The town gets drinking water from Savidar, Dhanwara & Rajpura. The town area drinking water supply is managed by PHED (water dept.of Govt. of Rajasthan). The main source of irrigation for farmers continues to be wells.


There are many hotels in the town. Some well known hotels are: Hotel Surya-kiran,Hotel Samarat, Hotel Neelkamal, Hotel Rajdeep and Hotel Sagar. The heritage hotel known as Castle Durjan Niwas is at village Daspan 25 km from Bhinmal. There is a Government Rest house too run by Public Works Department (PWD).


The town has a graduate/degree College called G K Gowani Government College affiliated to Maharshi Dayanand Saraswati University, Ajmermarker and accredited by National Assessment and Accreditation Council(NAAC). There are three higher secondary and about forty five primary and middle schools in Bhinmal.


  • Telecommunications:All the basic phone and cellphone service provider companies have their network in Bhinmal. Broadband and Dial Up Internet and fax services is available at main building of BSNLmarker.

  • Post:Bhinmal Post Office have broadband and leased line connectivity to provide web-enabled services like e-post, instant money order, electronic money order, Internet-based customer care services and Cyber cafe.


Bhinmal town has good medical facilities. The town has a government referral hospital and many private hospitals. There is an Aryuvedic hospital too. And also in government hospital there are good facilities.


The town has a stadium by name of Shivaraj Stadium. It was inaugurated by staging Ranji trophy match in December 1985 between Rajasthan and Madhya Pradeshmarker. It has indoor & outdoor games facilities. The yearly state level badminton tournament held here.


Three nationalised Banks State Bank of Bikaner & Jaipur, Punjab National Bank and State Bank of Indiamarker have their brances here.Some co-operative and local banks also have their branches in the town. They are: Jalore Nagrik Sahakari Bank ltd., Madhav Nagrik Sahakari Bank Ltd., Marwar Gramin Bank, Jalore Central Cooperative Bank and Bhumi Vikas Bank.


The town has two public libraries one is managed by the municipality and other one by Saraswati Temple Trust.

Administrative set-up

  • The town is one of two sub -divisions in Jalore district.
  • The Bhinmal sub division covers three tehsils namely Bhinmal, Sanchoremarker and Raniwaramarker and four panchayat samitis namely Bhinmal, Sanchoremarker, Raniwaramarker and Jaswantpuramarker.
  • The civic affairs are administered by the Bhinmal Municipal Council (BMC) (Nagarpalika Mandal Bhinmal), with executive power vested in the Municipal excutive officer. The Council comprises 25 directly elected councillors representing the twenty five municipal wards. Three nominated Councillors and a local MLA also have a rights of councillor.
  • The Bhinmal sub-division area is under the jurisdiction of a Deputy District Collector/Sub divisionl Officer (SDO)
  • Bhinmal Tehsildar is in charge of property records and revenue collection of Bhinmal tehsil
  • The Bhinmal Police is headed by a Deputy Superintendent of Police who is an IPS officer.
  • Bhinmal also has a Lower court, the Small Causes Court for civil matters and the Sessions Court for criminal cases.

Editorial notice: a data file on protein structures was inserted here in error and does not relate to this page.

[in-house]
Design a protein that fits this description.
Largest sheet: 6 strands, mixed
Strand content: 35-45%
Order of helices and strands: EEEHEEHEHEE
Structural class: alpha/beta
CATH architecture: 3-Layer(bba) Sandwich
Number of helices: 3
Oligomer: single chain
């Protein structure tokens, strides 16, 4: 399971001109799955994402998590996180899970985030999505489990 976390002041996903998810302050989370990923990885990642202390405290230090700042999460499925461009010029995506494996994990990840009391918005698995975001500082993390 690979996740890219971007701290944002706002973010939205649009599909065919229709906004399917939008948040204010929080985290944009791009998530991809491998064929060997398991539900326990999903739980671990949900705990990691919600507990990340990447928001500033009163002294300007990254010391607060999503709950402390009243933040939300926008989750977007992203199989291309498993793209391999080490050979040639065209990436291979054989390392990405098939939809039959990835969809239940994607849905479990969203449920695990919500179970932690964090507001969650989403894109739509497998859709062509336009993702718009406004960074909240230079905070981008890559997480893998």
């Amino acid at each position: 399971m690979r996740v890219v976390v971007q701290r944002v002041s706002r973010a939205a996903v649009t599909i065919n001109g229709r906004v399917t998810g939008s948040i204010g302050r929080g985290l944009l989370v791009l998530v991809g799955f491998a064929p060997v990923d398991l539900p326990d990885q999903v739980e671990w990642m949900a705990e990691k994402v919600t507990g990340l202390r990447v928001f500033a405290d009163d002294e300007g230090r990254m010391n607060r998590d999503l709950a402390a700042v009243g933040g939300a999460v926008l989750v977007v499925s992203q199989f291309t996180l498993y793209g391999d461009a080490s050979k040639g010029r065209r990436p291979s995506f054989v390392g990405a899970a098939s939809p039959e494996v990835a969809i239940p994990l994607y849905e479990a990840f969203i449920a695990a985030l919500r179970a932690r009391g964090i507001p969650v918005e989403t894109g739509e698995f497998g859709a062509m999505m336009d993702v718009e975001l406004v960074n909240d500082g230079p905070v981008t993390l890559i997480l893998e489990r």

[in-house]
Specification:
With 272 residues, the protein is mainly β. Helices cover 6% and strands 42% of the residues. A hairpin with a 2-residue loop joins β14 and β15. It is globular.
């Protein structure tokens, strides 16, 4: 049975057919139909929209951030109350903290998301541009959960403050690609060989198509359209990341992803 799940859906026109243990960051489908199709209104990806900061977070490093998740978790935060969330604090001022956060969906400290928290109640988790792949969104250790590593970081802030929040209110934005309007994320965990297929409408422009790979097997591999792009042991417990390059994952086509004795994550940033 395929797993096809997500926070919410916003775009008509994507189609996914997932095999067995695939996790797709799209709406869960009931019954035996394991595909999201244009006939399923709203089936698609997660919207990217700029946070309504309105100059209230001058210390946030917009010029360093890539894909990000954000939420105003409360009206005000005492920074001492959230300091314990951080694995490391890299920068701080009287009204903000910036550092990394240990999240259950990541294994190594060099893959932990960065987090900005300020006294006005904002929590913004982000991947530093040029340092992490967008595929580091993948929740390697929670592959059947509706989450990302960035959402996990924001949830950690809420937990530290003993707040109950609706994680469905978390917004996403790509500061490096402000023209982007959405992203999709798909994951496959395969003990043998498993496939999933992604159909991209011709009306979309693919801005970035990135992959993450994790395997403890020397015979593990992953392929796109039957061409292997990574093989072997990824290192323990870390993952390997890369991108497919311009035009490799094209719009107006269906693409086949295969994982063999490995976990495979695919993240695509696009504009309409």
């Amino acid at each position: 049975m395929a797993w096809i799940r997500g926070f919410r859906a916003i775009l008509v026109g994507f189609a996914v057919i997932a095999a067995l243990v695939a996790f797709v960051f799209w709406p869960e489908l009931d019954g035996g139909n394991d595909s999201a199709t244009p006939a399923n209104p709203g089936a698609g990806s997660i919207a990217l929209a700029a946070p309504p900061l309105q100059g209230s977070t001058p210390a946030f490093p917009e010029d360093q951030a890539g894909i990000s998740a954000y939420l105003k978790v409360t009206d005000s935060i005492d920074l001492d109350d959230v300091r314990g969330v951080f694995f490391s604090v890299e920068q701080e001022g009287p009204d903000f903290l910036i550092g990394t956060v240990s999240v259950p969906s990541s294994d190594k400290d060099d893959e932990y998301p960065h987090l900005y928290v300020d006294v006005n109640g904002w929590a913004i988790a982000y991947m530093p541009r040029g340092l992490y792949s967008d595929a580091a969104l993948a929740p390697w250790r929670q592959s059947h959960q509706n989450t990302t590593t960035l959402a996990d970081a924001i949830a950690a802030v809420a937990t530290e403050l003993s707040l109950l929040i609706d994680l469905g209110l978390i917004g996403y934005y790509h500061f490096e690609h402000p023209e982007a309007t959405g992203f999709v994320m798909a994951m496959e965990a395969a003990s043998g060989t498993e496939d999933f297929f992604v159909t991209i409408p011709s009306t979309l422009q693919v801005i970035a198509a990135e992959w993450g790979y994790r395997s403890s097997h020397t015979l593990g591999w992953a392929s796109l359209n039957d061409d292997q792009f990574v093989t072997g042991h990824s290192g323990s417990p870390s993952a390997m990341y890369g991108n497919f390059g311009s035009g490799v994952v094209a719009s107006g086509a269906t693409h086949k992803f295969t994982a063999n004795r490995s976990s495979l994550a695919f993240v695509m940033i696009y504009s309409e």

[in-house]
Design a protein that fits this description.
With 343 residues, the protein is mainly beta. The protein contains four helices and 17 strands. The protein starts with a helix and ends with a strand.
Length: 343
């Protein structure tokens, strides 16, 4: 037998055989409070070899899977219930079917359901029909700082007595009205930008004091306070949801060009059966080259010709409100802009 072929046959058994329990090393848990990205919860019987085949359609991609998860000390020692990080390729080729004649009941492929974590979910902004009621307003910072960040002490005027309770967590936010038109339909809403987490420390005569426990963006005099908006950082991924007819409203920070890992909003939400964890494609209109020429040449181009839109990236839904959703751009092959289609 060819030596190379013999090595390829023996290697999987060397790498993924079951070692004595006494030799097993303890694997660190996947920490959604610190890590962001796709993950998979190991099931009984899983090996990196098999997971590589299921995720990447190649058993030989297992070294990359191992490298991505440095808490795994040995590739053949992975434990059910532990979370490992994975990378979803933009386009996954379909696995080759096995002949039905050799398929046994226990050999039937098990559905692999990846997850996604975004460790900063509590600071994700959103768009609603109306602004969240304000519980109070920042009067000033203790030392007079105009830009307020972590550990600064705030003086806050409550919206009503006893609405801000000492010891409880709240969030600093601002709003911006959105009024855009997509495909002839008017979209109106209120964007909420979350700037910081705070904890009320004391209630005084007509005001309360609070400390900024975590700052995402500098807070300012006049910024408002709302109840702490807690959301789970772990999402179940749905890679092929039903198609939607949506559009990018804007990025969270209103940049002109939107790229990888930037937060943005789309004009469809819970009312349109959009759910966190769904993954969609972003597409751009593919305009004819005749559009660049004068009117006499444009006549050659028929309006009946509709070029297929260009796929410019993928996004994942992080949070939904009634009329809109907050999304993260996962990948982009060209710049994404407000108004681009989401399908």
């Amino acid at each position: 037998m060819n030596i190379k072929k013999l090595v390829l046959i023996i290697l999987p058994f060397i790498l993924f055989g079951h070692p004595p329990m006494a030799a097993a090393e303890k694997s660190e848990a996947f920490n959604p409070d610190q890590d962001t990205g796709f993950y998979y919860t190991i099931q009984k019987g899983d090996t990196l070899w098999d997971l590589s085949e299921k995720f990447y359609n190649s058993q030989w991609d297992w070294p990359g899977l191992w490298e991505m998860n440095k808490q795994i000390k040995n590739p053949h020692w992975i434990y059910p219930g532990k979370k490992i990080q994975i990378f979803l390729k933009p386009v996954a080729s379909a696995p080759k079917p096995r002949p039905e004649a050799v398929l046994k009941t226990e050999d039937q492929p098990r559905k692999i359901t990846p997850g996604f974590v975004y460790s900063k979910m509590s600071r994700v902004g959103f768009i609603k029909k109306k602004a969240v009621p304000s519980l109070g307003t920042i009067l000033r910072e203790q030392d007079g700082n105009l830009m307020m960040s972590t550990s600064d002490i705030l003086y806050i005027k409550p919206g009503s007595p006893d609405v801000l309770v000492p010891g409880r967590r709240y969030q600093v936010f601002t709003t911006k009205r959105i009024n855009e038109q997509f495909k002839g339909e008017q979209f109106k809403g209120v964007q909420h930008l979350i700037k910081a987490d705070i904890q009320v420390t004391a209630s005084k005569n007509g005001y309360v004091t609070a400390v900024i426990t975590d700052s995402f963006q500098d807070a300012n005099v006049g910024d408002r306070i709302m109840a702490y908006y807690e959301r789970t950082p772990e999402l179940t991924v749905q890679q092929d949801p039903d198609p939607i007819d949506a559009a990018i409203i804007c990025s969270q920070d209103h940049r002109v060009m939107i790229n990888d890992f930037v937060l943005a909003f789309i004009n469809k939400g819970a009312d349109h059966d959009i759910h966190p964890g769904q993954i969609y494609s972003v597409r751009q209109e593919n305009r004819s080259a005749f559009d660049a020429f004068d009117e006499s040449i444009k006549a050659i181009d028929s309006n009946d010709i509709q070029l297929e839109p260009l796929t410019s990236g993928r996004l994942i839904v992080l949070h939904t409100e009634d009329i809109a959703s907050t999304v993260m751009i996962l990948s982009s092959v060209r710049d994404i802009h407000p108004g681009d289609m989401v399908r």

• Bhinmal constituency elects one member to the Vidhan Sabha (Rajasthanmarker State Assembly)


 India census, Bhinmal had a population of 39,278. Males constitute 53% of the population and females 47%. Bhinmal has an average literacy rate of 52%, lower than the national average of 59.5%; with male literacy of 67% and female literacy of 36%. 18% of the population is under 6 years of age.

Bafna, Seth, Doshi, Brahmins, Vardhan, Jogani, Nahar, Mehta, Gowani, Raysoni, Sanghvi, Vanigota, Kavedi-Mehta, Shrimali Brahmins, Bohra, Dhokad, Hundiya, Palgota, Kothari, Haran/Hiran, Shah, Chouhan, Bhimani, etc are the some of the surnames of the people from the town. Bhinmal is an important town in the history of oswal Jain community.

Many people from Bhinmal are now settled in Mumbaimarker and are engaged in trade, construction, import-export, stock market and other businesses like trade in gold, diamond, readymade garments, industrial components, computer peripherals, auto parts, finance, etc. Some well known business houses are Vardhan group, Nahar group, Bafna business houses, Jogani constructions, Govani group, Veetarga Developers, and Nahar & Seth group. Some people from Bhinmal presently reside in Bangaloremarker,Chitradurgamarker Ahmedabadmarker, Hyderabadmarker, Chennaimarker, Mangaloremarker, Delhimarker & all around India. They keep regular contact with Bhinmal through social and religious functions.

Temples in Bhinmal

Jain Temples

Hindu Temples


  • Chandinath Baori (Bavadi) (9th century)
  • Jeevdaya Gaushala
  • Jakoba Talab (8th century)
  • Bal samundra pond
  • Trayamkeshwer pond


Nearest Airports:

Nearest airstrips:

By Road

Bhinmal in News

  • A 450 years old Jain temple was unearthed in year 2002 during construction work at the premises of Shri Parshwa Nath temple at Bhinmal. The temple has five images of Jain Tirthankars made in white marble.

  • In September 1997, Naina Jogani, a Jain woman, was allegedly harassed by a Jain muni in Bhinmal. The muni later committed suicide. A judicial inquary later found the Jain muni innocent.

  • Recently Bafna families of the Bhinmal town has built one temple complex of goddess Osiya Mata (Sachiya Mata Templemarker), 24th Jain Tirthankar Lord Mahavira Swami and Jain monk Acharya Rajendrasuri. The temple complex is named as Bafna Wadi Jain Tirth and its situated in the south west of the Bhinmal town.All the temple were built on a small hill top.This is a three temples complex with vast ground, Dharmashala, Bhojanshala. It was declared open to public on 2 March 2006 after Paratistha Mahotsava by Jain monk Muni Jayanandvijay ji Maharaj.

See also

External links



1.Campbell, James MacNabb; Reginald Edward Enthoven (1901). Gazetteer of the Bombay Presidency. Govt. Central Press, 2. ISBN 8120606515.

2.Malabari, Behramji Merwanji; Krishnalal M. Jhaveri (1998). Gujarat and the Gujaratis: Pictures of Men and Manners Taken from Life. Asian Educational Services, 2. ISBN 8120606515.3.kirshna vaishnav